The Woolly-necked Stork (Ciconia episcopus) is a large wading bird in the stork family Ciconiidae. It breeds in Africa, and also in Asia from India to Indonesia. It is a resident breeder in wetlands and trees.
It is a large bird, typically 33.5 inches tall. It is all black except for the woolly white neck and white lower belly. The upper parts are glossed dark green, and the breast and belly have a purple hue. Juvenile birds are duller versions of the adult. Its broad wings help it to soar and to move between thermal currents of hot air for sustained long distance flight. Like all storks, it flies with its neck outstretched.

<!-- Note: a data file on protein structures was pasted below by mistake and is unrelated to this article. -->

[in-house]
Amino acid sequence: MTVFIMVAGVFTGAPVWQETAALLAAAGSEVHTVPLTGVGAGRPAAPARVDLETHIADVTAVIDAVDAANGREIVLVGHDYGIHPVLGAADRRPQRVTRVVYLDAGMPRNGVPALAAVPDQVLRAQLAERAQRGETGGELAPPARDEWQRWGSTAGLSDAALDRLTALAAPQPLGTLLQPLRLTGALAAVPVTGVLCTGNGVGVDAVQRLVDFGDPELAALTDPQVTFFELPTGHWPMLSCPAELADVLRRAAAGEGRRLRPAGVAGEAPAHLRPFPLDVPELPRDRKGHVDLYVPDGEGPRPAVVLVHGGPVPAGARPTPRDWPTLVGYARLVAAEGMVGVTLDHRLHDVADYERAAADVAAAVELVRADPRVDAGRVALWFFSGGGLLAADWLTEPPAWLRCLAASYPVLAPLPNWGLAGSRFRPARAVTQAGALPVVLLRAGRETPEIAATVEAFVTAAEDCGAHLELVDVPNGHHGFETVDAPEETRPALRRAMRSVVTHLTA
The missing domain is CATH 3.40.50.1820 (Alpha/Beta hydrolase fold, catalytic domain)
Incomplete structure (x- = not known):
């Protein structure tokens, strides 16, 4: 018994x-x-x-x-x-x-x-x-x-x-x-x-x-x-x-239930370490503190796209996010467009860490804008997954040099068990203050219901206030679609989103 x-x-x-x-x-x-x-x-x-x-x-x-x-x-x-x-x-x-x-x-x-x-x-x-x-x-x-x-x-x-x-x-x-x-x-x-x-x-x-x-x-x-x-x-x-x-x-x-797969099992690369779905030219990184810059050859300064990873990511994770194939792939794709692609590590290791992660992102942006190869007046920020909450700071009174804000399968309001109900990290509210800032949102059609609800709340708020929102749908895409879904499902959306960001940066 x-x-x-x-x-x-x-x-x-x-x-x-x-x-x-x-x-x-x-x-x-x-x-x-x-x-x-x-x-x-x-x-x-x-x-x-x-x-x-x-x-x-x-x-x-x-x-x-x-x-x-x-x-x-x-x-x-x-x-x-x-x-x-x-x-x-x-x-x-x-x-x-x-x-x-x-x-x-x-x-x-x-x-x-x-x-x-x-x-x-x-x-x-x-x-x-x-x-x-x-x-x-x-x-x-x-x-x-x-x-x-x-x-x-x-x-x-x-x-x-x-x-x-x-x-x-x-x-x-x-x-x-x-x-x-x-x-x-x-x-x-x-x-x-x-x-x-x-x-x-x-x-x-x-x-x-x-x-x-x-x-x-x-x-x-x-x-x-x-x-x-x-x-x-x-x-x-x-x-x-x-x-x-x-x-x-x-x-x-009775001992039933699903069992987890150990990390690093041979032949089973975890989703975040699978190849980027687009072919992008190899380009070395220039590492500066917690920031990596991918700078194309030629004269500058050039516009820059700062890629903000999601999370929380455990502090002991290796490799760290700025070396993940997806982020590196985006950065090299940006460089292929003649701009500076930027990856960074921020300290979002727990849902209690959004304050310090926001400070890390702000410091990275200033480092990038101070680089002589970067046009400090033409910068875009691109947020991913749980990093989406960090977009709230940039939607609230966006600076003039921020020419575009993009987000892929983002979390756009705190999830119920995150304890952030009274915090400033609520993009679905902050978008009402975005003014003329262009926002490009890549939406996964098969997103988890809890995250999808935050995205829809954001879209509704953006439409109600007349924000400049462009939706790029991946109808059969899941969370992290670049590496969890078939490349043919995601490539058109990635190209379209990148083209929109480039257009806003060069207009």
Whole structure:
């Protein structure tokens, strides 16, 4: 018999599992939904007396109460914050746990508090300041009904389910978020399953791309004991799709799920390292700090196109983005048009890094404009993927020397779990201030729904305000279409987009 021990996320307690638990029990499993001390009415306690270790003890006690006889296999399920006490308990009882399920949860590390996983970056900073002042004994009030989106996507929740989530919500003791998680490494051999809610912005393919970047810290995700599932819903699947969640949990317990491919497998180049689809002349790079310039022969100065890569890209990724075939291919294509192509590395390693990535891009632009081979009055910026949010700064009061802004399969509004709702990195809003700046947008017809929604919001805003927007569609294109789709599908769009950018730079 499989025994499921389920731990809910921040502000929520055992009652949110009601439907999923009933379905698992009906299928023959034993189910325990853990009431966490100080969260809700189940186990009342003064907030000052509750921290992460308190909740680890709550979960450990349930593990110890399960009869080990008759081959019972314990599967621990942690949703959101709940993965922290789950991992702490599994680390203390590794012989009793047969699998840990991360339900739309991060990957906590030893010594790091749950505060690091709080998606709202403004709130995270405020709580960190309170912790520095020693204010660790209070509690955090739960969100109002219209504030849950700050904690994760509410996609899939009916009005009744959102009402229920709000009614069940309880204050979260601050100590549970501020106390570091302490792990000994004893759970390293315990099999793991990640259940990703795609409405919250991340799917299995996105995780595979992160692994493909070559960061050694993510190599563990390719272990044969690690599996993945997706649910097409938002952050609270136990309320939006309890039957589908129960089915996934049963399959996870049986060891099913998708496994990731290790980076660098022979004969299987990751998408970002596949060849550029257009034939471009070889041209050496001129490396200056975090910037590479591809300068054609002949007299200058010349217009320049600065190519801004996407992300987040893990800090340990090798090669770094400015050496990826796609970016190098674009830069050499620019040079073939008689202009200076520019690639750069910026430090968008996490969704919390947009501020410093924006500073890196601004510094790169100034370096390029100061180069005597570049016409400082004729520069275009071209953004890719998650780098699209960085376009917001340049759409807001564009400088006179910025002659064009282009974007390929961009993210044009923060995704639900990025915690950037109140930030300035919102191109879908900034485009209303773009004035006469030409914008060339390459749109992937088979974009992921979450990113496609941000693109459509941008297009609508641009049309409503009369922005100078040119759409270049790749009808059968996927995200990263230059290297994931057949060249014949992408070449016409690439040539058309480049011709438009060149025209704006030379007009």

The Woolly-necked Stork is usually silent, but indulges in mutual bill-clattering when adults meet at the nest. The large stick nest is built in a forest tree, and 2-5 eggs are normally laid. This bird walks slowly and steadily seeking its prey, which consists of frogs, lizards and large insects.
The large stick nest is built in a forest tree, and 2-5 eggs form the typical clutch. This stork is usually silent, but indulges in mutual bill-clattering when adults meet at the nest.